Re: More scratch padding....
--- In firstname.lastname@example.org, "John Brawley" <jb@...> wrote:
<< snip >>
> >> (I'm a vet. Are you?)
> > I'm a Quaker. Spent some time on military bases though, even
> > been to Vietnam.
> Oops. Sorry. Forgot you were conscientiously objectionable.
> > What I'm interested in is better repatriation programs. One of the
> > incentives to stay in is the perception that civilian life is going
> > to be hellish. In times of economic hardship, enlistees are
> > particularly likely to re-up.
> Yup. Some enlist in the first place, for that reason.
> But if you try to link _vet_ homelessness to economic instability, well,
> then, you're just fuzzing up the issue of the _vet's_ homelessness. In
> nasty times, *everybody*'s at risk. Because the vet served his country, his
> problems should be given priority over other citizens' problems? Hm....
> I'm not so sure about that.
These aren't quite the story lines I'm wrestling with. More, I'm
keen to open pathways (think biochemistry on "pathways") such
that flooding out of encampments overseas looks not only doable,
but welcome. Not talking about any special disabilities, just
your average Joe or Jane looking for a next thing.
Just to go from Iron Mountain to Big Rock Candy, imagine these
like Disneyland aerospace things, like with NASA logos, where they
tell you you're training for Mars, except we're not going for some
generations (just getting some cultures going, encampments that are
sufficiently semi-autonomous to model humans in micro-civs -- more
fun than just Sims). Lots of GIS/GPS, lots of learning to look at
Earth as a whole planet (which takes a toll on nationalist grid
models, but they're still there, in your head, where they always
> > The military is the largest jobs program out there, per Report
> > from Iron Mountain:
> Makes some sense. Expanded, "government" (military included, natch) is an
> huge employer.
I'm combining all governments and militaries, for purposes of
energy budget analysis, as a pie slice of the Global U budget.
Huge, like you say. There's all the energy right there to make
the world a happy place for women and children, but there's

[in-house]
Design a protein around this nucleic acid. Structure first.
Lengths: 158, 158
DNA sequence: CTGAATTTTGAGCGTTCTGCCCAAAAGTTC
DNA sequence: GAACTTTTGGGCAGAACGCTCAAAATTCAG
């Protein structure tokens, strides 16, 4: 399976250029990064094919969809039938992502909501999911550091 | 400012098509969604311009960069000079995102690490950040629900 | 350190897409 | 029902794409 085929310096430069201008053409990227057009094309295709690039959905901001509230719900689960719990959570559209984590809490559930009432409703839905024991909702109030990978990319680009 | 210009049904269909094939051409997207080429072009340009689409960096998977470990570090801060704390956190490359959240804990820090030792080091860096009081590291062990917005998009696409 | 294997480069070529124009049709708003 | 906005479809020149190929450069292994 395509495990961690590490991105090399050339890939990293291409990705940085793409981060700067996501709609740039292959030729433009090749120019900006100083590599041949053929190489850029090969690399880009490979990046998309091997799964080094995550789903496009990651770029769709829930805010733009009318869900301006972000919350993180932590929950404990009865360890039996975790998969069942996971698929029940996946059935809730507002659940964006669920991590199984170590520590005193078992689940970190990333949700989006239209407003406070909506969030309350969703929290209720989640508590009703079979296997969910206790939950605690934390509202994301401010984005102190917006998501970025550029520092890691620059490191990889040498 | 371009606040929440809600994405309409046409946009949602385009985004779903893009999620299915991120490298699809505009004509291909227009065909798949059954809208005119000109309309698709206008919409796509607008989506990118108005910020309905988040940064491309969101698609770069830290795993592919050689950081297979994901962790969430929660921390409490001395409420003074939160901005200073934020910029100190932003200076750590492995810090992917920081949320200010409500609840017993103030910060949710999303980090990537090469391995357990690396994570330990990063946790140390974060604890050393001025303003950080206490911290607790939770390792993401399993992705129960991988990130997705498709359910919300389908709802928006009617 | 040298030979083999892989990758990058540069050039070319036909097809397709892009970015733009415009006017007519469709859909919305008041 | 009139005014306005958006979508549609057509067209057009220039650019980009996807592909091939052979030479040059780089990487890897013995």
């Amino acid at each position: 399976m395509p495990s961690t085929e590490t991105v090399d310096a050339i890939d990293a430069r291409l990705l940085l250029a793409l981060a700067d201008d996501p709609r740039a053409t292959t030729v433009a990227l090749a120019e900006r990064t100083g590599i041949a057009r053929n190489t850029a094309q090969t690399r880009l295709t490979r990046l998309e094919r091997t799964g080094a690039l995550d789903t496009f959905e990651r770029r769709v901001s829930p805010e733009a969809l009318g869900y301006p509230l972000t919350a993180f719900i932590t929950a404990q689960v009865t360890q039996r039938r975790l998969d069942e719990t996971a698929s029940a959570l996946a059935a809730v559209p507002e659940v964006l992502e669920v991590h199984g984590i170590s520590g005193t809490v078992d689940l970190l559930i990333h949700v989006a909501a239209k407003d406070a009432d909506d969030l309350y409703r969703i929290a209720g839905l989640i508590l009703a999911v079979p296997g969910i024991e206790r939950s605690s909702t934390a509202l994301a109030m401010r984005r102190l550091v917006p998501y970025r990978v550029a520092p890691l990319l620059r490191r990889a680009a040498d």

something about the XY chromosome that makes 'em wanna fight,
for whatever reason they can invent / concoct / sell their souls
to. Of course that's just pseudo-science. There's nothing in
biochemistry that I know of to implicate the XY, nor do I think
it's testosterone. It's a long and brutal past on some Planet
of the Apes. I can't tell you how many weapons museums I've
toured. Seems to be the Quaker thing. Put the corridors end to
end and it goes for miles, then add deserts full of rusting tanks
(good riddance), decaying fighter airplanes, each one, as president
Eisenhower said, a theft of happiness and aliveness from those
women and children, many of them now killed and orphaned because
somebody just *had* to build all that junk, too much for the
junkyards to really handle.
So that, in a nutshell is the challenge. I go into more detail
on some of the related projects over on math-teach:
Then there was more about television:
Remember, it'd take almost no money to start showing the concentric
hierarchy on TV, even if just in the form of commercials. Those
who squawk about "over population" shouldn't be so timid about trying
new solutions. Boost electrical consumption and birth rates come
down, we know that works. The best form of contraception is all
you can eat and plenty of Netflix, time to study, meaningful stuff to
do other than bear children. This idea that we need to compete with
bodies, to have more "believers" in this or that, is kinda bogus, as
we now see that memes work independently of genes. When it comes
to psychological warfare, "bodies" are not the enemy. It's the ideas
you need to counter (or encourage as the case may be).
These Boeing-engineered aerospace villages will have lots of video
game simulation facilities. Also opportunities to fly airplanes
However this is not about terrorizing people on the ground with
your hellfire. This isn't about being demonic. We're talking
happy healthy civilians, some of whom don't believe as you do,
some of whom have more than one spouse, some of whom think
eating meat is for the birds, and so on.
You don't get to rain down terror just because they say your holy
land is unholy. In that sense, USA OS is semi-victorious (as a
way of life). The status quo is innovative yet civilian yet full
of adventure. The enlisted are chomping at the bit to experience
the freedoms denied them in a state of war (the mindset needed
for so many a business model to work -- as I was saying, insane
programming we might actually improve upon, given a sufficiently
robust -- and countering -- mindset).
Helping people in floods, like in Pakistan, or in South Asia after
the tsunami, is sometimes dangerous and difficult work. People from
all over the world like to coordinate, not be wasteful. These are
hard exercises, given all the languages involved (including computer
languages). It's not like there's a shortage of interesting and
meaningful work to get done. Or you can build more crap for the
junkyard, and earn the lasting disdain of your progeny for so doing.
Who wants to go down in history as an uber-coward?
If you like to pump adrenalin and do heroic things, don't worry,
the backdrop of Planet Earth is plenty challenging even without
all the self-inflicted murder and mayhem (buggy inherited
programming, limited ability to upgrade, lots of automaticity
that's just plain awkward, to be polite about it -- XYZ ya know).